Cherokee County Health and Rehabilitation Center began the year with good news, announcing a 24-room addition, increasing the number of private rooms by a total of 48 to help the facility meet increased requests for single-resident living quarters, said Administrator Cindy Cline. The expansion cost $1.2 million.
With an earlier primary in March, campaigning began in late December and was in full swing by January as Incumbent Brian Johnson, a Democrat announced plans to seek re-election. Dewandee Neyman, a Democrat and incumbent on the Cherokee County Board of Education Place Four, announced plans to seek re-election. Newcomer Mark Green, a Republican, also announced plans to run for the Place Four Board of Education post.
Soon other candidates announced their plans to run, including Incumbent Dewayne Amos, a Democrat, who ran upopposed for Cherokee County Circuit Clerk; Suzanne Bishop, a Democrat, who ran for Cherokee County Board of Education Place Three; Ben East, a Republican, who ran for superintendent, Cherokee County Schools; Brett Keasler, a Democrat, who ran for superintendent, Cherokee County Schools; and Tony O’Neal, a Republican, who ran for Cherokee County Commission Chairman/Probate Judge.
The Cherokee County Board of Education, in January, adopted a resolution honoring Team Cherokee, the local robotics team, which placed first in state competition and advanced to international competition in St. Louis in April.
More candidates announced plans to run for office including Kirk Day, a Republican, for Cherokee County commission chairman/probate judge; Sid Garrett, a Democrat, for Cherokee County commission chairman/probate judge; Trudy Lowe, for Cherokee County Board of Education Place Four; Kimball Parker, a Democrat, for Cherokee County Commission Chairman/probate judge; Wade Sprouse, Democrat and incumbent who sought re-election to the Cherokee County Commission Place One and Elbert St. Clair, Democrat and incumbent who sough re-election to Cherokee County Commission Chairman Place Three.
The Cherokee County American Legion Post 62 launched a new program in the winter 2012 to honor first reponders including firefighters and law enforcement officers. The first ceremony was held in the Cherokee County Chamber of Commerce headquarters on the campus of Gadsden State Community College-Cherokee.
“This is our first appreciation and recognition for our local people that work for our benefit, our safety and our well-being,” said Alabama District 13 American Legion Commander David Hartline.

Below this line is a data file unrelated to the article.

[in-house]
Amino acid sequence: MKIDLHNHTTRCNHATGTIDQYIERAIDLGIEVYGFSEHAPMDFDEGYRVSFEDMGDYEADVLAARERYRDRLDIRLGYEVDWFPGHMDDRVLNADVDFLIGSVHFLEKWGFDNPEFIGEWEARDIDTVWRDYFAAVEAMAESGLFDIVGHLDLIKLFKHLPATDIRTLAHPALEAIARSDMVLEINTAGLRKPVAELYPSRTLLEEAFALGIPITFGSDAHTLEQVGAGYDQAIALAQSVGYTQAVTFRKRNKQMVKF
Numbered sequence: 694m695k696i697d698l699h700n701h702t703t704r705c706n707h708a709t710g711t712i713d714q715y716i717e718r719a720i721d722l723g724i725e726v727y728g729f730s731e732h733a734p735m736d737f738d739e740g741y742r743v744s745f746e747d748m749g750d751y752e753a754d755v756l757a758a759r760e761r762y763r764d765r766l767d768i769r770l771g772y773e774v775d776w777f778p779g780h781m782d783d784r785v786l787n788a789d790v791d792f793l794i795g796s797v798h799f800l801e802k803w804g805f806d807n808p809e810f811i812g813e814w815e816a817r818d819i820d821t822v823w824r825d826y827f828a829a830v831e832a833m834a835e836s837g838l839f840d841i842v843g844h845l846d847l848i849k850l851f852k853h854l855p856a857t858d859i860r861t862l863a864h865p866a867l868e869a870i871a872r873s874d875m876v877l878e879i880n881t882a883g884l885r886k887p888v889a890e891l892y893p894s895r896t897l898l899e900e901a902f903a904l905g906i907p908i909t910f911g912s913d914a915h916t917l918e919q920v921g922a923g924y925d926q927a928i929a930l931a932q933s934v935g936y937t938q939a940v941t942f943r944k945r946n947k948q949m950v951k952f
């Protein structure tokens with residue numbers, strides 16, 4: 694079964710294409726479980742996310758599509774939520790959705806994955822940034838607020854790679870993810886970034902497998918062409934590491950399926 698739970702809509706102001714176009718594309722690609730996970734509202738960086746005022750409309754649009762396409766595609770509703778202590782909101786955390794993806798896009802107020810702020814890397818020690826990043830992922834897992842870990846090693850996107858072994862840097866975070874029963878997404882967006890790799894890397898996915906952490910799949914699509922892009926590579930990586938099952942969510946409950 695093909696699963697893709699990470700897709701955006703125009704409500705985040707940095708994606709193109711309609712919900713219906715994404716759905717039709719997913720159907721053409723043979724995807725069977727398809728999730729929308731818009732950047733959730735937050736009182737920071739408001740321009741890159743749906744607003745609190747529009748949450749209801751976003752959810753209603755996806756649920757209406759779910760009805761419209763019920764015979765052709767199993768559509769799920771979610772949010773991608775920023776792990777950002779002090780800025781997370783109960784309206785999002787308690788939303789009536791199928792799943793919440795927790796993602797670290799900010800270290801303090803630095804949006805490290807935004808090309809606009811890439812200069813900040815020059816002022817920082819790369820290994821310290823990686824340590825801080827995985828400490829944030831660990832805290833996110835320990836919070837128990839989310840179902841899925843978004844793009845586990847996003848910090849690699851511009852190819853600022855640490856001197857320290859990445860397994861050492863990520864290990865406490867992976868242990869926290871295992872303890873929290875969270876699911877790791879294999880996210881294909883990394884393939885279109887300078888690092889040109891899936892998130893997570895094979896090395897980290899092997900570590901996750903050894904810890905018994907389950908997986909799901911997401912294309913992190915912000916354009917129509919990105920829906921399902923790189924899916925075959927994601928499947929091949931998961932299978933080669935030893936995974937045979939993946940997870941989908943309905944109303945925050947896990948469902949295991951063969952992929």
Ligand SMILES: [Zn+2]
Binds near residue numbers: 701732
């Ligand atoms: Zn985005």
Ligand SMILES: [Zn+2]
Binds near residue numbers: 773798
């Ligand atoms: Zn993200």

The City of Centre in the winter of 2012 received another glowing report on its finances.
“I would like to commend you again,” noted Auditor Forrest Frost to Mayor Tony Wilkie and council members. “The economy is tough and as tough as everything is, you are managing your finances well.”
Two more candidates were added to the roster of local political candidates for 2012, including Shaunathan Bell, a Republican, for Cherokee and Dekalb County Circuit Judge Place One and Don Stowe, a Democrat, who sought re-election to the Cherokee County Board of Education.
The Cherokee County Juvenile Court, at the direction of District and Juvenile Court Judge, the Honorable Sheri W. Carver, was awarded a grant for $204,000 by the Alabama Department of Youth Services in early 2012.
The grant funded the Saving Teens At-Risk (STAR) Adolescent Day Program in Cherokee County to serve youth who have been charged with delinquent offenses. This program provides a remedy for minors who once may have been placed elsewhere in the state by the court because they could not receive the services that they needed locally.
On Jan. 31, 2012, Gail and Marty King, Sharon Freeman, Larry Smith (ALTOTA), Jim Hotalen, David Crum and Jim Lewis met with timberman Gene Todd at the intersection of Cherokee County Roads 95 and 99 near Alpine, Ga. to plan for tree removal and to inspect the general area for an archaelogical dig.
Sharon Freeman applied for a grant on behalf of the Alabama Trail of Tears Chapter and received $15,000 from the Alabama Historical Commission for the study of two sites connected with Cherokee Indian removal in 1838.